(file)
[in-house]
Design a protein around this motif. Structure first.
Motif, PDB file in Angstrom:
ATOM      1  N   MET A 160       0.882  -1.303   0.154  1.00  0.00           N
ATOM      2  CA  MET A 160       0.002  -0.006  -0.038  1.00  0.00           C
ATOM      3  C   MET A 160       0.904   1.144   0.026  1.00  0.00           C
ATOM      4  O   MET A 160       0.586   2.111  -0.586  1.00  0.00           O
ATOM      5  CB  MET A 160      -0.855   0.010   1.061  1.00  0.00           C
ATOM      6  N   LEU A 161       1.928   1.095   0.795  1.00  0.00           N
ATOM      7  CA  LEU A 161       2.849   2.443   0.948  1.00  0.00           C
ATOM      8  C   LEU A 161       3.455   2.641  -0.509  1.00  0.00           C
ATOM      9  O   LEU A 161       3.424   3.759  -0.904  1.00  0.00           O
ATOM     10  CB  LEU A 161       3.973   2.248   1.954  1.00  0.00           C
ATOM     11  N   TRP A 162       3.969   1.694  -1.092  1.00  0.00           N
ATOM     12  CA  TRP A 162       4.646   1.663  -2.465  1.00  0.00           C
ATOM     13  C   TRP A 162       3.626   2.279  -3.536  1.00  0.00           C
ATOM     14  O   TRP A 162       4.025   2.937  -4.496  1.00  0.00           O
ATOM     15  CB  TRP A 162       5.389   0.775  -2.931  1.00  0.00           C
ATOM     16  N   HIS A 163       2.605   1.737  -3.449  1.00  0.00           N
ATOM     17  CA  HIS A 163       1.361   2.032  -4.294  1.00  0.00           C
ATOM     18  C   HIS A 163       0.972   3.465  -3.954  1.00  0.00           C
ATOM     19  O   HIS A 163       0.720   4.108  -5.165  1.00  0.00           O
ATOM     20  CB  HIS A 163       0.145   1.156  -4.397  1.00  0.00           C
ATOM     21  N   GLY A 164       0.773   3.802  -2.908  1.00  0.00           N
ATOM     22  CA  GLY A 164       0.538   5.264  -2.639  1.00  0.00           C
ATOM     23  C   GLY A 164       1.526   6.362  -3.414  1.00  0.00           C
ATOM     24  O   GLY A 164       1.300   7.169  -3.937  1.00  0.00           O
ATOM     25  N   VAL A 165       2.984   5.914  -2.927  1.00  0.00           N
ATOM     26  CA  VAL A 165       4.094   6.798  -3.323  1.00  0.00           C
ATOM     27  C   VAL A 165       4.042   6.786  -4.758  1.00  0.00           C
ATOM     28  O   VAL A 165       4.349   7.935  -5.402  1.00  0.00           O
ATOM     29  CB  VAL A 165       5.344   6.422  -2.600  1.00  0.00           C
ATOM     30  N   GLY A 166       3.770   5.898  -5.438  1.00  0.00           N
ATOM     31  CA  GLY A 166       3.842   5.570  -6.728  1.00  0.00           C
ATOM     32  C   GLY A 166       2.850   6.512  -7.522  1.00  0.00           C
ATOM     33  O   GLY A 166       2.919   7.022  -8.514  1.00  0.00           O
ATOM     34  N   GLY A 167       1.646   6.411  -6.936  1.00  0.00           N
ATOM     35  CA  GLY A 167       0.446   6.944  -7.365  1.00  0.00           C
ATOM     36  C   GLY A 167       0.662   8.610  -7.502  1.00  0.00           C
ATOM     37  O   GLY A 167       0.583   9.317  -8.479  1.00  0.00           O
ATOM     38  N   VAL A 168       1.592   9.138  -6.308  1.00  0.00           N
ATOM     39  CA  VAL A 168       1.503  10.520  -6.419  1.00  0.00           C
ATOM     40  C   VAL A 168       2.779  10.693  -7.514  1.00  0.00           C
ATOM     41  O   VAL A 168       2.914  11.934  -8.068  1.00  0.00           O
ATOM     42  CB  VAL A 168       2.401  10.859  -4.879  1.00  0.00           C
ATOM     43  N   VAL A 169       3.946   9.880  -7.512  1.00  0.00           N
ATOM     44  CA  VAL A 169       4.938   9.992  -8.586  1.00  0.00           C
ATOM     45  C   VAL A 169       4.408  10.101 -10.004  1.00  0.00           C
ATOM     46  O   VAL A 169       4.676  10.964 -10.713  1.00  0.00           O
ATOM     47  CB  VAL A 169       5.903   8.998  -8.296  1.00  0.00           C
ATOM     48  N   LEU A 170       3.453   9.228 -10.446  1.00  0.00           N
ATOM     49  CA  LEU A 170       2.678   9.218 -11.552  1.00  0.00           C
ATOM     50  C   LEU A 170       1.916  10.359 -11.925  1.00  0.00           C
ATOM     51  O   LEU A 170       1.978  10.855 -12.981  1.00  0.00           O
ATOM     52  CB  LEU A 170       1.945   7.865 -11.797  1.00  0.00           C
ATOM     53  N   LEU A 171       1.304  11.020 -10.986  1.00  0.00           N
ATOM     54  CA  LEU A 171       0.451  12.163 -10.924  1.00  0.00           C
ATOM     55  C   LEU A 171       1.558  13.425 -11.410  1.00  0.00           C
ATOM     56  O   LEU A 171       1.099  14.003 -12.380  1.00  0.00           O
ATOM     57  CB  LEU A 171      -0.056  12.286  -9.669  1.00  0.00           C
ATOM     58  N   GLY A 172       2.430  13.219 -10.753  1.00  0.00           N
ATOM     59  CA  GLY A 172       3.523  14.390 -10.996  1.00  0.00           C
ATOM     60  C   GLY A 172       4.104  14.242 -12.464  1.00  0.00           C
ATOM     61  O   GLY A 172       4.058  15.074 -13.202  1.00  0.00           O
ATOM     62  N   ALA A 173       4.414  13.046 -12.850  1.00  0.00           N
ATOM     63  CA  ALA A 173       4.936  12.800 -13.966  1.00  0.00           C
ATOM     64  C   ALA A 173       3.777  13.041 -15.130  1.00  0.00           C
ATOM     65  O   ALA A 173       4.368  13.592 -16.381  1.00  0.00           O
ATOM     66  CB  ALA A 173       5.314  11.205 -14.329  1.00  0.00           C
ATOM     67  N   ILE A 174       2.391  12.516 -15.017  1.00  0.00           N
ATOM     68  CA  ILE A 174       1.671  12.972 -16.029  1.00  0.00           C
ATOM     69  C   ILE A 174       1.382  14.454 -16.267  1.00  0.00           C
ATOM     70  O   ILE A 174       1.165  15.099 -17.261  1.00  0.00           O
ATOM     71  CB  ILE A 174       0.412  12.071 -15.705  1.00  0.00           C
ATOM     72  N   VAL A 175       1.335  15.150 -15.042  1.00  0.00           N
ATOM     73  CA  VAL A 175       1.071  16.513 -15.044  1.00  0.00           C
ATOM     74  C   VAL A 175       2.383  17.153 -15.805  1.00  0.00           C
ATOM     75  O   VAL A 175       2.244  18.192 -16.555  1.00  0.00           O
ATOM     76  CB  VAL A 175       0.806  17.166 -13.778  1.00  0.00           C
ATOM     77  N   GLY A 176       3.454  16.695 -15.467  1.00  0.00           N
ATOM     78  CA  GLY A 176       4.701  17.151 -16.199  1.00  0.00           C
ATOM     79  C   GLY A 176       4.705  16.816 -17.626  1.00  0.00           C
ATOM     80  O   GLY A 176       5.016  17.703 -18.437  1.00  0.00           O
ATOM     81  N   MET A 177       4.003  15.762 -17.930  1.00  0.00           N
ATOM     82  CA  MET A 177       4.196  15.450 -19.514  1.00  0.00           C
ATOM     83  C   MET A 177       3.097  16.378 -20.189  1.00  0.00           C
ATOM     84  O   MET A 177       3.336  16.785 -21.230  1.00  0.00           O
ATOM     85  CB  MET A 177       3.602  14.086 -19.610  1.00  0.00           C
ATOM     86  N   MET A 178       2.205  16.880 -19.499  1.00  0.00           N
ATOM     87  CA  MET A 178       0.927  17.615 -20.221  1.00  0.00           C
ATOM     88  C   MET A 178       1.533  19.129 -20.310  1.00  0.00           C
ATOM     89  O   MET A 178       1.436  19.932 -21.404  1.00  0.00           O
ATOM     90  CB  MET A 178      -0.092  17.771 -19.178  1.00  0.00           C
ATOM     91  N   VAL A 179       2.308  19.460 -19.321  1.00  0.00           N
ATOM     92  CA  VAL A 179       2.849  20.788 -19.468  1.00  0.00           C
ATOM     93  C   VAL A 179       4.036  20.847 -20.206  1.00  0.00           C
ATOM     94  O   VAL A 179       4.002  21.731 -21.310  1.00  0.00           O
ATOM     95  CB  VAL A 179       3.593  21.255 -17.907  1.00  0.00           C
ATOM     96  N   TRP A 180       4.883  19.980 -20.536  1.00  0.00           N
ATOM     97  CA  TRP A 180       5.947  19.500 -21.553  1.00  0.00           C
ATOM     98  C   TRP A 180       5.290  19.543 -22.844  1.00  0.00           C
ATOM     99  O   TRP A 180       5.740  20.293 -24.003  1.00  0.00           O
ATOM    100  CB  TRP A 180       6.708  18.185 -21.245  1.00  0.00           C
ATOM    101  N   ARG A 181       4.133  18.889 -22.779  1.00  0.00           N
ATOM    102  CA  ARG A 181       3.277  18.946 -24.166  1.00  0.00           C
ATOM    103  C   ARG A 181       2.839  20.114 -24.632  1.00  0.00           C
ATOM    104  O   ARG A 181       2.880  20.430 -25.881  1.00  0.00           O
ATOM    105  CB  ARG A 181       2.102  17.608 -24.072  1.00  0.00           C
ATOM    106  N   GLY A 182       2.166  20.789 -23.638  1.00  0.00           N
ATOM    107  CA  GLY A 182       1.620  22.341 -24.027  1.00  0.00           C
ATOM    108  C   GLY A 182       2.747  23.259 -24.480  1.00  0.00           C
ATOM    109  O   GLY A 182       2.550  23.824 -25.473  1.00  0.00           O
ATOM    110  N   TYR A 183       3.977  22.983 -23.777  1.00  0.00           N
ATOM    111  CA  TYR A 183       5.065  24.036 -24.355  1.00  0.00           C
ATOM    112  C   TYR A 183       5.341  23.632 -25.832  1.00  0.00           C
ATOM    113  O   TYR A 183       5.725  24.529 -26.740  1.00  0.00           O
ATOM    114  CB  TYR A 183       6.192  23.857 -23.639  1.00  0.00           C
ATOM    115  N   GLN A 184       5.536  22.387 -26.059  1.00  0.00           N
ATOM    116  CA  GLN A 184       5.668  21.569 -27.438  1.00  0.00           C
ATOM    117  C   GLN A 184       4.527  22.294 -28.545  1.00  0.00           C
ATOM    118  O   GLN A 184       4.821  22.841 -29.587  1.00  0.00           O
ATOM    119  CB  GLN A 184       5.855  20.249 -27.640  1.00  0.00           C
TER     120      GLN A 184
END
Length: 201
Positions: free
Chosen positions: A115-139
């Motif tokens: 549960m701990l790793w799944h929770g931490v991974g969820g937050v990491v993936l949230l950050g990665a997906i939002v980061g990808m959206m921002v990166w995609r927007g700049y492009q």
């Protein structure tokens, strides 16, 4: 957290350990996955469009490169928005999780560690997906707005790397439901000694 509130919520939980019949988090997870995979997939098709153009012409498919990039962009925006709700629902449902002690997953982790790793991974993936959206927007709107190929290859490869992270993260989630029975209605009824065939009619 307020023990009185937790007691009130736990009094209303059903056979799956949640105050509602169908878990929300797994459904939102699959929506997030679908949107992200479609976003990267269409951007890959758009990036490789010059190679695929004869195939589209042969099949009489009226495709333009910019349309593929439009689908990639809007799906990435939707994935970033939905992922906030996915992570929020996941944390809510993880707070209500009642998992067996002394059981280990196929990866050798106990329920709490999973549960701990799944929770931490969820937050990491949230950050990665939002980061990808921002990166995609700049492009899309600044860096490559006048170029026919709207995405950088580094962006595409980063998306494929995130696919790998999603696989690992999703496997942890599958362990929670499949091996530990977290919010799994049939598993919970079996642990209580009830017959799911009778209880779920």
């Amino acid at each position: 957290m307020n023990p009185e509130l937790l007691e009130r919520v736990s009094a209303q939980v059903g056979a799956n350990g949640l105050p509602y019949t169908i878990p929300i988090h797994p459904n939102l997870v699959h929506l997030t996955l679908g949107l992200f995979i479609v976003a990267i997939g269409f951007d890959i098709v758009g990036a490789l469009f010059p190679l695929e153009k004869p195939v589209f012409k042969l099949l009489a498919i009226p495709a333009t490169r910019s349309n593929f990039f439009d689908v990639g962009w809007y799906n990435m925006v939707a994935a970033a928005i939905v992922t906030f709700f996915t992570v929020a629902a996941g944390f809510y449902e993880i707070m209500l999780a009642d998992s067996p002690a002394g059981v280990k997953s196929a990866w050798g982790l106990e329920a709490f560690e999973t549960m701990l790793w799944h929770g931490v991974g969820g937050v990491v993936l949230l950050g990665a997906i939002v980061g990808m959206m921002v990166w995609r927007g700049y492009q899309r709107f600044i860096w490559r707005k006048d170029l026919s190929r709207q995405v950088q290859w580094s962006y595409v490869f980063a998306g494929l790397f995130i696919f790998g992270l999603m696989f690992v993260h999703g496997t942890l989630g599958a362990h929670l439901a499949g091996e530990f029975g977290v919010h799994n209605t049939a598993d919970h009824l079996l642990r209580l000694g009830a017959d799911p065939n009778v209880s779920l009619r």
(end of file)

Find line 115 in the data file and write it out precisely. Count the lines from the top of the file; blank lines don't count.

ATOM    112  C   TYR A 183       5.341  23.632 -25.832  1.00  0.00           C